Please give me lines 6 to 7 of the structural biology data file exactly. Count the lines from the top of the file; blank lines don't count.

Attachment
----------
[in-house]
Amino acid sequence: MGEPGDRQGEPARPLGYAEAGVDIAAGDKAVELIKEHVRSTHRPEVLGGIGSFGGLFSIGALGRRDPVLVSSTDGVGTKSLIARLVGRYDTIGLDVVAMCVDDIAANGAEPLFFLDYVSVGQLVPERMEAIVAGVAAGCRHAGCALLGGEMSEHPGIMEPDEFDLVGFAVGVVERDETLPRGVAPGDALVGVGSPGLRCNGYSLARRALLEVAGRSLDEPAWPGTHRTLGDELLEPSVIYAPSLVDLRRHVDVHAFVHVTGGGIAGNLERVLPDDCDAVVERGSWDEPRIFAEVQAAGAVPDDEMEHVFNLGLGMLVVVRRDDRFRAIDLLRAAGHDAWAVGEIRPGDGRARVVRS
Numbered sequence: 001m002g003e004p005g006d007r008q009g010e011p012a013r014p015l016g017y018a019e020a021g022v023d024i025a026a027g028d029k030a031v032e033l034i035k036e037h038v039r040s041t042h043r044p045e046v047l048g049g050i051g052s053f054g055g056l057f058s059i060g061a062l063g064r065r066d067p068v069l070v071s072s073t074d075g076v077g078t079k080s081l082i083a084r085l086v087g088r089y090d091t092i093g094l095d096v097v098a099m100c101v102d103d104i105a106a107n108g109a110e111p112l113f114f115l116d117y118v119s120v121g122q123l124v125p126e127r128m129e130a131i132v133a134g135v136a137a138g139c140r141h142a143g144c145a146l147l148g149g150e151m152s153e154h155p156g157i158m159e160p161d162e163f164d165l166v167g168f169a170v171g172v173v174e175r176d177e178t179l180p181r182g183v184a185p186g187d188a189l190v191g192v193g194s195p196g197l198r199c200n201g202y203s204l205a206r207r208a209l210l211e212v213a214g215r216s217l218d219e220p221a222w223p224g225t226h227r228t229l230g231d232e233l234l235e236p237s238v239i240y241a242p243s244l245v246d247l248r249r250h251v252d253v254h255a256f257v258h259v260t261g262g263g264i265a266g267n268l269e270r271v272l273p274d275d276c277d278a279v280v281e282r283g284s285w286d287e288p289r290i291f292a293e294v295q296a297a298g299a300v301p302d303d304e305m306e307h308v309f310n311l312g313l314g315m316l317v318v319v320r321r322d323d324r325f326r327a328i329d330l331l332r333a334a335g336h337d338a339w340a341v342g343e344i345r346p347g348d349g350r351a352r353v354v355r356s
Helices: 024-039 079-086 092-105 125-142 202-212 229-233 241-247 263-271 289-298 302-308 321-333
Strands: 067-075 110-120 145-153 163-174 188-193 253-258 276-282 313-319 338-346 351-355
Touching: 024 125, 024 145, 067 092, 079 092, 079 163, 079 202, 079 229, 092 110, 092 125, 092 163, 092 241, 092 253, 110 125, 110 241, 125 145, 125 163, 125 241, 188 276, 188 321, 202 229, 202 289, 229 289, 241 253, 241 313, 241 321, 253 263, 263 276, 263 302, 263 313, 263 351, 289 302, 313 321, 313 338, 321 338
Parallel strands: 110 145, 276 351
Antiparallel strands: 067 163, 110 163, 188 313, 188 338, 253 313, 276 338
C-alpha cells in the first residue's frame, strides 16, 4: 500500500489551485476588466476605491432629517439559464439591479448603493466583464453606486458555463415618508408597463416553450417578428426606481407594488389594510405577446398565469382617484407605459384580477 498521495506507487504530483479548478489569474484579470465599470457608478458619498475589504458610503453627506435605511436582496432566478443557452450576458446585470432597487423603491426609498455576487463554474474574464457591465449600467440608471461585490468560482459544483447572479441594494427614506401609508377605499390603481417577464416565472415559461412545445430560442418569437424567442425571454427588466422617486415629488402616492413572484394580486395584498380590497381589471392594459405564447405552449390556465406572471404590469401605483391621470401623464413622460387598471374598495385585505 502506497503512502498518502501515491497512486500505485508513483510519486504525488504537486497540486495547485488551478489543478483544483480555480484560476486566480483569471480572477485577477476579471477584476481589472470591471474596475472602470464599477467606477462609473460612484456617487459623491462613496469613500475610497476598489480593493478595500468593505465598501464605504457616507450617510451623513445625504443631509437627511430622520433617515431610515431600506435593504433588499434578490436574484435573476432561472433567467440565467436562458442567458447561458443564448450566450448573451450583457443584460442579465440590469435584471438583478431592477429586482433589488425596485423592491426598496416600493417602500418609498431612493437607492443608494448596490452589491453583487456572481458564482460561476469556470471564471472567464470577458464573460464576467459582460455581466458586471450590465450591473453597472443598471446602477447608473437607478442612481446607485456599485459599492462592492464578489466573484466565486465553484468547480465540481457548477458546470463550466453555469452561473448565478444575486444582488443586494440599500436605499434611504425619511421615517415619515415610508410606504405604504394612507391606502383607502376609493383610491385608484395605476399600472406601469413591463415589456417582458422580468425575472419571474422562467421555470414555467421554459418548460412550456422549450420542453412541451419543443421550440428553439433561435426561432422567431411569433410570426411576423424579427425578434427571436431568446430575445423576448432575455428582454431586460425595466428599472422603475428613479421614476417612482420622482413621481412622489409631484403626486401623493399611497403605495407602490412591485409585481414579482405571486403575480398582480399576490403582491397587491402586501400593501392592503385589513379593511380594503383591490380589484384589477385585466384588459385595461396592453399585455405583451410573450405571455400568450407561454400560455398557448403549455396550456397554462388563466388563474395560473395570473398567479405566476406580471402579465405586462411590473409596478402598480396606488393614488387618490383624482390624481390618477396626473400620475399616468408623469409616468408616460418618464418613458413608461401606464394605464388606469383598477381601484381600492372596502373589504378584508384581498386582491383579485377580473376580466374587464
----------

Touching: 024 125, 024 145, 067 092, 079 092, 079 163, 079 202, 079 229, 092 110, 092 125, 092 163, 092 241, 092 253, 110 125, 110 241, 125 145, 125 163, 125 241, 188 276, 188 321, 202 229, 202 289, 229 289, 241 253, 241 313, 241 321, 253 263, 263 276, 263 302, 263 313, 263 351, 289 302, 313 321, 313 338, 321 338
Parallel strands: 110 145, 276 351